|Illinois coming 3 year old Tennessee Walking
Horse with 2 months professional training working inGerman martingale-w/snaffle
and cut / back english saddle in Large riding arena by Level Rider: from
1-10 maybe a 7.
Question: I have a three year old that I am riding 5 days a week now.
She is very willing and does every thing that I ask her to do. She has
a almost 4 ft under stride and shakes her head real good. The thing is
when we take her out of the german martingale so she can start to put her
head back up slowly, she will loose the under stride are most of it and
becomes just a little bit rackie on us. We are gearing up for a up coming
show. She has been in the martingale for around 2 months now and has built
up her back muscles and shoulders as well. She really is in good shape
and toned. Why after 2 months does she still hollow out on us?
From Panelist Steve
A German Martingale does not build muscles. It alters posture. Postural alteration is a requirement for the TWH show ring, where artificiality is rewarded. However, that is far different from the goal either I or your horse are interested in.
The proper way to train a Walker is to allow the horse to self support and to find the correct gait on her own, with guidance from you. This takes time and talent on both parts...you and the horse. Unfortunately, time and talent are not overabundant in the Walking Horse show world.
The reason your horse hollows is BECAUSE of the martingale. She hasn't learned to develop her muscles. The rounding you get with the martingale is illusory. The use of a cut back makes the whole situation worse. Most are uncomfortable, causing hollowing.
Stephen B. Chasko
From Panelist Theresa
The martingale does a wonderful job of bringing the horses nose down, but it does very little as far as developing the impulsion from the rear end of the horse. Your horse needs the impulsion from behind to walk and to keep from going hollow.
If you are showring bound, then it wouldnt hurt to bring the horses
head up and work your horse at a pace.(without the martingale) Once the
pace is established push her into to bit WITH YOUR LEGS to slow her down.
This will prevent her from coming behind the bit, which is very likely
what she is doing in the martingale. If she gets pacey from this,
use a slight see saw in your fingertips to break the pace. This should
encourage her to square up
The other alternative would be to remove the martingale, and rather than "lifting" her head with your hands, press your calves into her sides. Do not give with your hands as you do this, and this will force her back end to engage and push the energy through the shoulder and neck, thus raising it. Then dog walk...dog walk...dog walk. Keeping each stride well impulsed until she is consistent. Then you may increase the speed very gradually. Remember to keep that back end engaged by using your leg. Not by pulling back on her face. Her bit should have a light contact, but not pulling on her as some big lick horses require.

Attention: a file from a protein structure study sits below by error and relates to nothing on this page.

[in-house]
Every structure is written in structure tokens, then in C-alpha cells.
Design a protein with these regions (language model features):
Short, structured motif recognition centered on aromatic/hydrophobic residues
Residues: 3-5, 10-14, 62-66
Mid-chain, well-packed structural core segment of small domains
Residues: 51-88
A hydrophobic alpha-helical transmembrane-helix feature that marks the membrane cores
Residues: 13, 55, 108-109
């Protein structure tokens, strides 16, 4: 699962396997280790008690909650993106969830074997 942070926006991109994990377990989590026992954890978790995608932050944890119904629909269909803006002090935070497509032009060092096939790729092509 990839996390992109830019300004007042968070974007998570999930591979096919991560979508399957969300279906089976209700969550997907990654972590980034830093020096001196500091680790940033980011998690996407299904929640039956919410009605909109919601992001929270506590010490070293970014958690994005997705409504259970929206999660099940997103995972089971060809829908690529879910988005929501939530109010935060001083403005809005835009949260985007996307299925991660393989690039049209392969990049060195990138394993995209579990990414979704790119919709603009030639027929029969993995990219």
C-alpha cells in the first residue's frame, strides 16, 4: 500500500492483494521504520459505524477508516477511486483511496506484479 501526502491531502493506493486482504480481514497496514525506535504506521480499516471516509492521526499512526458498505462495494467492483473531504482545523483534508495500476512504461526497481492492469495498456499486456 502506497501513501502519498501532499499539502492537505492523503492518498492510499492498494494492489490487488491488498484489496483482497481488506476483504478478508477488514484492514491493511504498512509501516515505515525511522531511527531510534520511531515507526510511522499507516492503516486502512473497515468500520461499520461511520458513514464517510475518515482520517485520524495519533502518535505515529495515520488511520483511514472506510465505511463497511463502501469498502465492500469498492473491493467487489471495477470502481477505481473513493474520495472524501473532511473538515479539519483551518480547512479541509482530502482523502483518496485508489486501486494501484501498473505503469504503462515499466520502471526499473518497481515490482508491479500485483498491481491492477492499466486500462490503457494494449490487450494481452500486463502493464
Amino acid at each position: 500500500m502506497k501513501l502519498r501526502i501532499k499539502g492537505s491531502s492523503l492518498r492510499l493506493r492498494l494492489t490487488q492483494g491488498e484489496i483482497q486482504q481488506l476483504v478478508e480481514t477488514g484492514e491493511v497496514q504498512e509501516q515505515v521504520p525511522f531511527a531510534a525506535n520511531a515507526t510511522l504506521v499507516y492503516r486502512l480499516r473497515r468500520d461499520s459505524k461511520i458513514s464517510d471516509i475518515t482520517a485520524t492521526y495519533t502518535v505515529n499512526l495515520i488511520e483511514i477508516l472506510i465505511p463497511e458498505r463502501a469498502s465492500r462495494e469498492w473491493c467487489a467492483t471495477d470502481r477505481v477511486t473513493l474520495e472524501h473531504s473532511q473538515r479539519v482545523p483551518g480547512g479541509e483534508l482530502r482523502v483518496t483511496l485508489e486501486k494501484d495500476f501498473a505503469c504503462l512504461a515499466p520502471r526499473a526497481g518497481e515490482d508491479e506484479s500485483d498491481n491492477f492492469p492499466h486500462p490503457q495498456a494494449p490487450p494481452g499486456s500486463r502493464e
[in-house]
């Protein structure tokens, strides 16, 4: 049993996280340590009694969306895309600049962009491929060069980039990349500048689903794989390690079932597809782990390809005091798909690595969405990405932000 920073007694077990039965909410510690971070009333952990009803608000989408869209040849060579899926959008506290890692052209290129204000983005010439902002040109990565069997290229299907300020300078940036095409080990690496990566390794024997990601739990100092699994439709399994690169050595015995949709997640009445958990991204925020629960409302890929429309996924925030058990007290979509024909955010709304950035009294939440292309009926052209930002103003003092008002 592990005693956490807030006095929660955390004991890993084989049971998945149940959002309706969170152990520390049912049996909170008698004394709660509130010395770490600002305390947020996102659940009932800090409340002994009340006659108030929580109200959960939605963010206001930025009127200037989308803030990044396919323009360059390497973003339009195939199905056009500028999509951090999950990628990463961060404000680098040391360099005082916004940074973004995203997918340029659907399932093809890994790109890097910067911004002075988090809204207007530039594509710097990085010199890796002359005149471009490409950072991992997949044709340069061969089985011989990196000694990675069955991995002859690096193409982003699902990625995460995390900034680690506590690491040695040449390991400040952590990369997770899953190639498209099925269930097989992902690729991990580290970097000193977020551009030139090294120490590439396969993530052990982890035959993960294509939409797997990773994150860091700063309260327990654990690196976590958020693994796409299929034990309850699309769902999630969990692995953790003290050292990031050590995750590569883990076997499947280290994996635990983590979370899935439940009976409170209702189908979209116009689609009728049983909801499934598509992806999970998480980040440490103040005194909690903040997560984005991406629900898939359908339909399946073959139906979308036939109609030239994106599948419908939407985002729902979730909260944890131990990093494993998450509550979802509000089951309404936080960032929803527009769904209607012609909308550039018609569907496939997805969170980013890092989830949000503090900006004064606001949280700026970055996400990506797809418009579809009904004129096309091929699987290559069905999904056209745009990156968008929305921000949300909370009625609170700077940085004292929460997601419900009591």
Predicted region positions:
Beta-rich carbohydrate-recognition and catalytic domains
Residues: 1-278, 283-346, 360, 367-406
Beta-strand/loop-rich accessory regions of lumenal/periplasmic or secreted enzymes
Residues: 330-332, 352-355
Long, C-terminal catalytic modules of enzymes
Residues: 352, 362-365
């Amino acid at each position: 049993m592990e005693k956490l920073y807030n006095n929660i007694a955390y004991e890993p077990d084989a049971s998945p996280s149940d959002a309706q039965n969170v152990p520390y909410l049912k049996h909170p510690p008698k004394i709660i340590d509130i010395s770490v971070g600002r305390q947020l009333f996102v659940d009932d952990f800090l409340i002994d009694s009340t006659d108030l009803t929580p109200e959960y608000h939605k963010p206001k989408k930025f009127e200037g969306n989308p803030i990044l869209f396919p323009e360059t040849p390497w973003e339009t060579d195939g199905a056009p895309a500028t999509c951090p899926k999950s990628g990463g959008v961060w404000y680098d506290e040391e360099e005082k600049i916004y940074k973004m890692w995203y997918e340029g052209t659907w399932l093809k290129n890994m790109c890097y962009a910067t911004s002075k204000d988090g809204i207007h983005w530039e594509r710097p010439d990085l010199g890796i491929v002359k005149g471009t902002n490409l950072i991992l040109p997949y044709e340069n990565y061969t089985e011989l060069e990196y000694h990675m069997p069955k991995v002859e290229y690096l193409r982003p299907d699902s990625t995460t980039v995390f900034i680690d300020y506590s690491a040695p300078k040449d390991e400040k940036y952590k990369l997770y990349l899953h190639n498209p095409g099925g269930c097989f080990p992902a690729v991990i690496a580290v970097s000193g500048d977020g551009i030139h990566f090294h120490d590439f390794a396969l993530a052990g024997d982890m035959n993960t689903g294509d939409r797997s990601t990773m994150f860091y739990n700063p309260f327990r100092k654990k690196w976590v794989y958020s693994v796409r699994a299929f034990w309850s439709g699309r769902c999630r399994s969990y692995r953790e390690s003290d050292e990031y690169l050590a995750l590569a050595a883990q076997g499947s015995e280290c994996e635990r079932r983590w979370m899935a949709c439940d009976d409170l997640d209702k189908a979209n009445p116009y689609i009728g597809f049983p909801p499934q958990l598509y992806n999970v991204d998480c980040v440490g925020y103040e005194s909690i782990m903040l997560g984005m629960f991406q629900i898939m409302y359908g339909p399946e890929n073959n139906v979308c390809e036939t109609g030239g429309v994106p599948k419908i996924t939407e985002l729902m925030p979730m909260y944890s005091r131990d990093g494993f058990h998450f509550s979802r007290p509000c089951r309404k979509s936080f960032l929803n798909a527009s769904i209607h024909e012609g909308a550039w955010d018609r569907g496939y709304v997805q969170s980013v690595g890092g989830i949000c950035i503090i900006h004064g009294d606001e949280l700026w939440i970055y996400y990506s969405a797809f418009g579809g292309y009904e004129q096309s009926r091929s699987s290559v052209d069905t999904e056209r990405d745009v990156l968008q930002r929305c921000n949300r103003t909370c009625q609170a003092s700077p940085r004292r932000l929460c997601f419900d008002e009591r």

The last thing I would like to mention is that If I need to raise the head of a horse, I find that a wonder bit is my choice of bit. If converting from a D ring snaffle, eggbutt snaffle, or training snaffle will use the bit by attaching the reins on the middle ring (not the end ring and not the snaffle ring). I will not use a curb strap and this will give lift. If you need more lift as time goes on, then switch to the reins to the end of the shank of the wonde bit. Remember the wonderbit can be used in the showring only with the reins attached to the end ring on the shank.
Either method seems to work for us. IF the rider can be patient enough the second method works well, but if not the first would be a faster, probably more successful way. The drawbacks of the first is that when some horses learn to pace, they can become difficult to square up. In your horses sake, since she tends to be on the square side, I dont think that will be a problem.
From Panelist Liz
In this case it sounds to me like your horse has not learned how to carry it's self in gait but is relying on the martingale for it's support.
This is a matter of working with the horse with out the martingale and
teaching it to work off the bit and utilizing your own seat , legs and
hands to help her support her self in gait and to engage her hindquarters.
IMO aids like these make for fast results but force the
From Panelist Laura
It sounds to me that your filly may be leaning on the bit (easy to do
with a snaffle) and that the martingale provides the leverage to keep her
nose where you want it. The biggest problem I see with using martingales
is that the horses get used to them and start leaning on the bit.
If I use a martingale, I only use it for a day or two to teach the horse
to flex and them remove it so they don't use it as a crutch. It can
be a great tool when used short
Your horse may be ready to move on to a different bit. You could try a wonder bit with a large jointed mouthpiece (helps enourage the horse to raise their head - although not very good for tucking the nose) and see if this helps. If not, you could go a to low leverage (short shank) curb bit with a jointed mouthpiece. There are several which might work well for you - tom thumb with grazing shanks, argentine bit, kimberwicke, etc. Be sure the curb chain/strap is quite loose since this will be a new feel for your horse.
Find a mouthpiece your horse finds comfortable, set your hands in one place so your horse knows where they can comfortably set their head (that way they always know where the bit is and can relax more), and enjoy your nice filly.
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